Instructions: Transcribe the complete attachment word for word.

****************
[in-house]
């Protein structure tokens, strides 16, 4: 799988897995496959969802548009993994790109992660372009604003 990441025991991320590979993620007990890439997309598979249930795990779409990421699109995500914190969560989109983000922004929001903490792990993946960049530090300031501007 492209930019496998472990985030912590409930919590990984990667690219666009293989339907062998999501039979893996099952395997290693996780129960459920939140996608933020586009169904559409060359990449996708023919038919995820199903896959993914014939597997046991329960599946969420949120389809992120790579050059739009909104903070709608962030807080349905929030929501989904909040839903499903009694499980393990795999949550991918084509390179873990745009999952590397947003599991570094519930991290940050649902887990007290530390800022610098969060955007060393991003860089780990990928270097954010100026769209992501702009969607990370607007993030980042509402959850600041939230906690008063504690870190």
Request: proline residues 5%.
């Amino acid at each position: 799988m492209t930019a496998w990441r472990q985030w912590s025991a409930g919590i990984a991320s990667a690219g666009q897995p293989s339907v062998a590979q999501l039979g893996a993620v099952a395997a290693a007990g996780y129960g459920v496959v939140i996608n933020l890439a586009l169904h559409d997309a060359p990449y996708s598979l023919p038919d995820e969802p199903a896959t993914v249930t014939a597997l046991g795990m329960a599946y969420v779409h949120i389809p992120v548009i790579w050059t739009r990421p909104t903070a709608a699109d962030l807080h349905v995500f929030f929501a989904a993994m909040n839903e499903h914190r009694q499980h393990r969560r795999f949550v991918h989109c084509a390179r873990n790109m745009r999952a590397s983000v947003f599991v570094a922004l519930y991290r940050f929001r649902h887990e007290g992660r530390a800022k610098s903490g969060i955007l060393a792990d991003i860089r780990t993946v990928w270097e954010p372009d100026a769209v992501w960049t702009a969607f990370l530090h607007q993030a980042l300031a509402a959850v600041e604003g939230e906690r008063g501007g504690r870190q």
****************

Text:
[in-house]
């Protein structure tokens, strides 16, 4: 799988897995496959969802548009993994790109992660372009604003 990441025991991320590979993620007990890439997309598979249930795990779409990421699109995500914190969560989109983000922004929001903490792990993946960049530090300031501007 492209930019496998472990985030912590409930919590990984990667690219666009293989339907062998999501039979893996099952395997290693996780129960459920939140996608933020586009169904559409060359990449996708023919038919995820199903896959993914014939597997046991329960599946969420949120389809992120790579050059739009909104903070709608962030807080349905929030929501989904909040839903499903009694499980393990795999949550991918084509390179873990745009999952590397947003599991570094519930991290940050649902887990007290530390800022610098969060955007060393991003860089780990990928270097954010100026769209992501702009969607990370607007993030980042509402959850600041939230906690008063504690870190």
Request: proline residues 5%.
């Amino acid at each position: 799988m492209t930019a496998w990441r472990q985030w912590s025991a409930g919590i990984a991320s990667a690219g666009q897995p293989s339907v062998a590979q999501l039979g893996a993620v099952a395997a290693a007990g996780y129960g459920v496959v939140i996608n933020l890439a586009l169904h559409d997309a060359p990449y996708s598979l023919p038919d995820e969802p199903a896959t993914v249930t014939a597997l046991g795990m329960a599946y969420v779409h949120i389809p992120v548009i790579w050059t739009r990421p909104t903070a709608a699109d962030l807080h349905v995500f929030f929501a989904a993994m909040n839903e499903h914190r009694q499980h393990r969560r795999f949550v991918h989109c084509a390179r873990n790109m745009r999952a590397s983000v947003f599991v570094a922004l519930y991290r940050f929001r649902h887990e007290g992660r530390a800022k610098s903490g969060i955007l060393a792990d991003i860089r780990t993946v990928w270097e954010p372009d100026a769209v992501w960049t702009a969607f990370l530090h607007q993030a980042l300031a509402a959850v600041e604003g939230e906690r008063g501007g504690r870190q």